Financial viability of rural municipalities in South Africa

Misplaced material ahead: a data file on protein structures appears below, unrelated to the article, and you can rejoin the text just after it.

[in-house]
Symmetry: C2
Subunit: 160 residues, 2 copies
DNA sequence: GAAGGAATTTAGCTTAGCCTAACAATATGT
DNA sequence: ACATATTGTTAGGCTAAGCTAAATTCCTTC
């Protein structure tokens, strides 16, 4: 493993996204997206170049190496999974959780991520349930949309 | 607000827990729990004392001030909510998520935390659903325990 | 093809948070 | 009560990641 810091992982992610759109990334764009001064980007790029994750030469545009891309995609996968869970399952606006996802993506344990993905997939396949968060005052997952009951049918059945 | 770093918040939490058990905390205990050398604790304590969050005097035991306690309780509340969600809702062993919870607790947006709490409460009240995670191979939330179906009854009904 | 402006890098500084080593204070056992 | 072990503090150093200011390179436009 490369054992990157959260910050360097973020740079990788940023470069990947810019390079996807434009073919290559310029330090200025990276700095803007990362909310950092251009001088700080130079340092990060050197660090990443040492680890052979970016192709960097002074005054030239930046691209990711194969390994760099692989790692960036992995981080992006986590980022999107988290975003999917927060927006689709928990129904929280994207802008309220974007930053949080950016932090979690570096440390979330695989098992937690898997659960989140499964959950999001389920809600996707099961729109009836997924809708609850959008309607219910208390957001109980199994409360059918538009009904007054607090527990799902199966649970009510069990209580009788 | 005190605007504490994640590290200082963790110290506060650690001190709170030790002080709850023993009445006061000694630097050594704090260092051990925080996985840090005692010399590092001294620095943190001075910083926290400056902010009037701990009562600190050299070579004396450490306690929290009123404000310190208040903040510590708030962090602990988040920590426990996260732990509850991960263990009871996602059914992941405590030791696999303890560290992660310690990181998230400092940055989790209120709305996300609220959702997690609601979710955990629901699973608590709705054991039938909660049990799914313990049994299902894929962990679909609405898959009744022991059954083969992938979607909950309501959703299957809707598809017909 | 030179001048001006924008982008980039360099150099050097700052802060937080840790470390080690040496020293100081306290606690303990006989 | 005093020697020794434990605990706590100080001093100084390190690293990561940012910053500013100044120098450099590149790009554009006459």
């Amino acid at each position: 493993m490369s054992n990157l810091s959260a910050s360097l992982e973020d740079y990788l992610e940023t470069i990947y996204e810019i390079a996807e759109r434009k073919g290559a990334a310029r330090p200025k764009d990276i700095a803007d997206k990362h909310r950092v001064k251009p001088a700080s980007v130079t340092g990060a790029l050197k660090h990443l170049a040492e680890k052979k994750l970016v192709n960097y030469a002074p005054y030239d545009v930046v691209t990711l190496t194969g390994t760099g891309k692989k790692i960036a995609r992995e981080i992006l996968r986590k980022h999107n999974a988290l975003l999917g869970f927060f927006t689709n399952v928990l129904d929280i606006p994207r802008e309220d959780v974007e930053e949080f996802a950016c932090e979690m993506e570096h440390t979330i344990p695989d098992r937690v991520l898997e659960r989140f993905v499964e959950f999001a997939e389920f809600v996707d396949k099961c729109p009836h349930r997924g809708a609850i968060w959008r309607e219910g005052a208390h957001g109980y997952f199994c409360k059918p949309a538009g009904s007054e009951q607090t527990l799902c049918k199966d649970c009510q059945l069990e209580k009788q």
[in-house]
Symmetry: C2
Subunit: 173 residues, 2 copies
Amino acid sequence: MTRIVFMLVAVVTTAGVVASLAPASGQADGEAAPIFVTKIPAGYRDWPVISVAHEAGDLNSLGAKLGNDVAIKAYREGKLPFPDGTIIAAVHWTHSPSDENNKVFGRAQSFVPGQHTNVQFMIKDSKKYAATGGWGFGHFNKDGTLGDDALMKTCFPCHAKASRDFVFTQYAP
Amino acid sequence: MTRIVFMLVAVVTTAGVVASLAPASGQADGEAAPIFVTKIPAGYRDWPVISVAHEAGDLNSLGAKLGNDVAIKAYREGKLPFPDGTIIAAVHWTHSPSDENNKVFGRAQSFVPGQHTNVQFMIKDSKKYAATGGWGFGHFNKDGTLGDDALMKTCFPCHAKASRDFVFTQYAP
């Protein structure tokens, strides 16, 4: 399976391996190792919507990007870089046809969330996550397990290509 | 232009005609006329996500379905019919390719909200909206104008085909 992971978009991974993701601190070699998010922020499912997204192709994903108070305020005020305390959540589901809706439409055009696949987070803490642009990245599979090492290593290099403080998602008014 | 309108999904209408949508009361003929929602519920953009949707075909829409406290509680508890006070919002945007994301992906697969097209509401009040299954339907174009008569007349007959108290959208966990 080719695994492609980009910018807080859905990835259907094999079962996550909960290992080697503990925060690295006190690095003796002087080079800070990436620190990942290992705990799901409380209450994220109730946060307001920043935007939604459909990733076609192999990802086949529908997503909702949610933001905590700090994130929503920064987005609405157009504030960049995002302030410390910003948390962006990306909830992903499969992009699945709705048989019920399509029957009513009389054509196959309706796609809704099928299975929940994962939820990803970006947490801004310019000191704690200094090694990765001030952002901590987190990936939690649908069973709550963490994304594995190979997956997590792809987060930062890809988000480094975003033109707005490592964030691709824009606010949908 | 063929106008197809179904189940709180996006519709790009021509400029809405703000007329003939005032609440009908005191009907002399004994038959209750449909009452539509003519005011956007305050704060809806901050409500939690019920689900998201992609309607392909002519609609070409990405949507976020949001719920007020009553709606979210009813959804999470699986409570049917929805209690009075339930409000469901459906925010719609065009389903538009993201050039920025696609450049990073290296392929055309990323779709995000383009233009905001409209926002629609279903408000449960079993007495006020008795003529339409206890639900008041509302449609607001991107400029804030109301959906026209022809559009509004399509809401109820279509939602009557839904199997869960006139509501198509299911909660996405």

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Public finance is considered to be the overriding factor in determining the viability of local government. Presumably, without sound financial management systems, municipalities will be forced to discontinue their operations. It is imperative that municipal stakeholders, such as municipal officials, mayors, ward councilors, traditional leaders and interest groups, among others, should have a sound basic knowledge and application of the Municipal Finance Management Act, 2003 (Act 56 of 2003) and other related legislation. The Act has been introduced to secure sound and viable management of the financial affairs of municipalities in the local sphere of government. However, studies in Public Administration confirm that the majority of rural municipalities in South Africa are not self-viable. There are a number of challenges that include governance, finance, planning and human capital. To put this matter in perspective, the revenue base of rural municipalities is confronted with the culture of non-payment of services, corrupt supply chains and weak accountability mechanisms. The culture of non-payment, including other reasons connected therewith, has depleted the revenue base of municipalities. Recurring audit queries appear to be irresolvable. It is for this reason that municipalities are not self-sufficient and many require national government bailout, but this unfortunately creates a dependency syndrome and a vicious circle over a longer time. Therefore, the purpose of this article is to explore why rural municipalities are not financially viable and thereby attempt to propose possible practical solutions.